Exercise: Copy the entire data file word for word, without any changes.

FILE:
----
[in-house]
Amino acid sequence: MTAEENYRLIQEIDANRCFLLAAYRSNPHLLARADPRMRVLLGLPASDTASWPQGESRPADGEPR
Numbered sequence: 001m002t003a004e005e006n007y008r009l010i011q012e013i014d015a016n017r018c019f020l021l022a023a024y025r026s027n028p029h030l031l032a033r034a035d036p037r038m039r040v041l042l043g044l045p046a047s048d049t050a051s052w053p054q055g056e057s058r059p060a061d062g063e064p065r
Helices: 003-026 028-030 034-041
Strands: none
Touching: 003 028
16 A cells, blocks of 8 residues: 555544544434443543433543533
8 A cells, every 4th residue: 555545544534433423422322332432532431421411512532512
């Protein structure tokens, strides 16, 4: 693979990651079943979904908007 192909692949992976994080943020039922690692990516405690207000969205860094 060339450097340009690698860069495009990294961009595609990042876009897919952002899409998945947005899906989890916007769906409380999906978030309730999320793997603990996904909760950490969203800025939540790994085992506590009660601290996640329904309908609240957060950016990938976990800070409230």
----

[in-house]
Amino acid sequence: MTAEENYRLIQEIDANRCFLLAAYRSNPHLLARADPRMRVLLGLPASDTASWPQGESRPADGEPR
Numbered sequence: 001m002t003a004e005e006n007y008r009l010i011q012e013i014d015a016n017r018c019f020l021l022a023a024y025r026s027n028p029h030l031l032a033r034a035d036p037r038m039r040v041l042l043g044l045p046a047s048d049t050a051s052w053p054q055g056e057s058r059p060a061d062g063e064p065r
Helices: 003-026 028-030 034-041
Strands: none
Touching: 003 028
16 A cells, blocks of 8 residues: 555544544434443543433543533
8 A cells, every 4th residue: 555545544534433423422322332432532431421411512532512
């Protein structure tokens, strides 16, 4: 693979990651079943979904908007 192909692949992976994080943020039922690692990516405690207000969205860094 060339450097340009690698860069495009990294961009595609990042876009897919952002899409998945947005899906989890916007769906409380999906978030309730999320793997603990996904909760950490969203800025939540790994085992506590009660601290996640329904309908609240957060950016990938976990800070409230």